Immigration and medical marijuana
A good job, but not in feds' eyes
As an immigration attorney, I have met over the last few weeks several immigrants with deep local roots who face a conundrum. Although they have green cards, they may not naturalize — all because of their lawful employment at marijuana farms. Although legal in the Sunshine State, marijuana is a Schedule 1 substance under the Controlled Substances Act, and therefore illegal on the federal level. Employment in the marijuana industry is considered "poor moral character," and is reason enough to deny an otherwise eligible applicant U.S. citizenship.
In 2016, more than 70 percent of the electorate voted in favor of legalizing medical marijuana. It is expected that by 2023, some 25,000 Floridians will work in the industry in positions ranging from accountants to budtenders.
Immigrant farmworkers should be able to be employed in the legal medical marijuana industry without fear that their past or present employment will disqualify them from fully participating in society as U.S. citizens.
Gov. Ron DeSantis, a staunch advocate of private-sector job growth, should request that the U.S. Department of Justice uphold Florida's rights by respecting our voters, and request a formal adjustment of policies that negatively impact the legal immigration status of our marijuana industry workers.
Elizabeth Ricci, Tallahassee
The writer is an immigration attorney.
A dangerous 'conscience rule' | Column, June 10
No end-of-life heroics, please
Hospitals, rehab centers, and long-term care facilities need to rethink their mission and values. My generation — boomers now turning the corner into our most fragile decade — are, I would venture to guess, 90 percent not committed to longevity for the sake of longevity. While I speak only for a small circle of my peers, we are not interested in suffering, depleting our children's inheritance or spending our last years on the treadmill of doctor to hospital to rehab to home to assisted living. Heroics are for the beginning of our lives, not the end. Boomers are frequently blamed for many of America's woes, but I'd like to be able to say that I was part of the generation that pioneered quality of life in old age, death with dignity and medical-aid-in-dying. To all those well-intentioned workers with religious values: Leave them at home when you come to work in the medical world. If you can't, this is not the work arena for you.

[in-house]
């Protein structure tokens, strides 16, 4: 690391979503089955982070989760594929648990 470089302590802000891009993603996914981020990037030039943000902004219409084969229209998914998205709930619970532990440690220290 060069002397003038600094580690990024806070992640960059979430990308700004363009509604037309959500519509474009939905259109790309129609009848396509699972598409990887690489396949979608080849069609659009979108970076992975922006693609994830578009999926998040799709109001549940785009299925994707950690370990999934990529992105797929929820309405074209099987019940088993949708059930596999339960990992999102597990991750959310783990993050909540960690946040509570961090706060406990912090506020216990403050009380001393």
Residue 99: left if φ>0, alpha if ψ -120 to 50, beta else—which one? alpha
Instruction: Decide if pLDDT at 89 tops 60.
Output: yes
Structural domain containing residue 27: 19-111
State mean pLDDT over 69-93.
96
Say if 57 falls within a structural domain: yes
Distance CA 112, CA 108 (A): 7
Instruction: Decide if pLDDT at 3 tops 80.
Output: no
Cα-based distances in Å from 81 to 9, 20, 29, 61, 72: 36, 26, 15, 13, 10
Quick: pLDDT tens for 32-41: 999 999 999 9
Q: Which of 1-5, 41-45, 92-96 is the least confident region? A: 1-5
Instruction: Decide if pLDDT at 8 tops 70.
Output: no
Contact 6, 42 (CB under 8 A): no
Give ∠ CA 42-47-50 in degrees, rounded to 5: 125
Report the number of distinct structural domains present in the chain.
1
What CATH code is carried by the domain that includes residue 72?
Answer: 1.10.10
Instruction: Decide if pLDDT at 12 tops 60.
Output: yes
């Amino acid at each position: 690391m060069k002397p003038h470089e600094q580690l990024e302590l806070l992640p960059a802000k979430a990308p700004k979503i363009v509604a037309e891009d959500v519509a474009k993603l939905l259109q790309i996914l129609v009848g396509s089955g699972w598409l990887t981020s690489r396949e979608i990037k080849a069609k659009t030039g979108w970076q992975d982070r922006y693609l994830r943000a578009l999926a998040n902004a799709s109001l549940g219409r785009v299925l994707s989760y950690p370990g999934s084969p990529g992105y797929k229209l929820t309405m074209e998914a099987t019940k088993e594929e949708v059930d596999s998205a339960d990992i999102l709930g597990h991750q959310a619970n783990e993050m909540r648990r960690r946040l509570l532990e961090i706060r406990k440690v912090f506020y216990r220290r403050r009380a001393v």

Anne Decker, Clearwater
A stronger safety net for Hillsborough | Editorial, June 14
An ounce of prevention
Why wait until an at-risk woman (substance abuse, teen pregnancy, domestic violence) is already pregnant to provide services to prevent the removal of the infant to foster care?
The first step should be to identify at-risk mothers before they become pregnant and provide counseling, education, contraception or any other means to prevent the pregnancy. This is not eugenics; it is common sense. We educate and provide prevention services for all kinds of health risks for our general population; the prevention of the spread of the influenza virus during the flu season comes to mind. Aren't the most vulnerable members of our population at least as important?
Brent Armstrong, Largo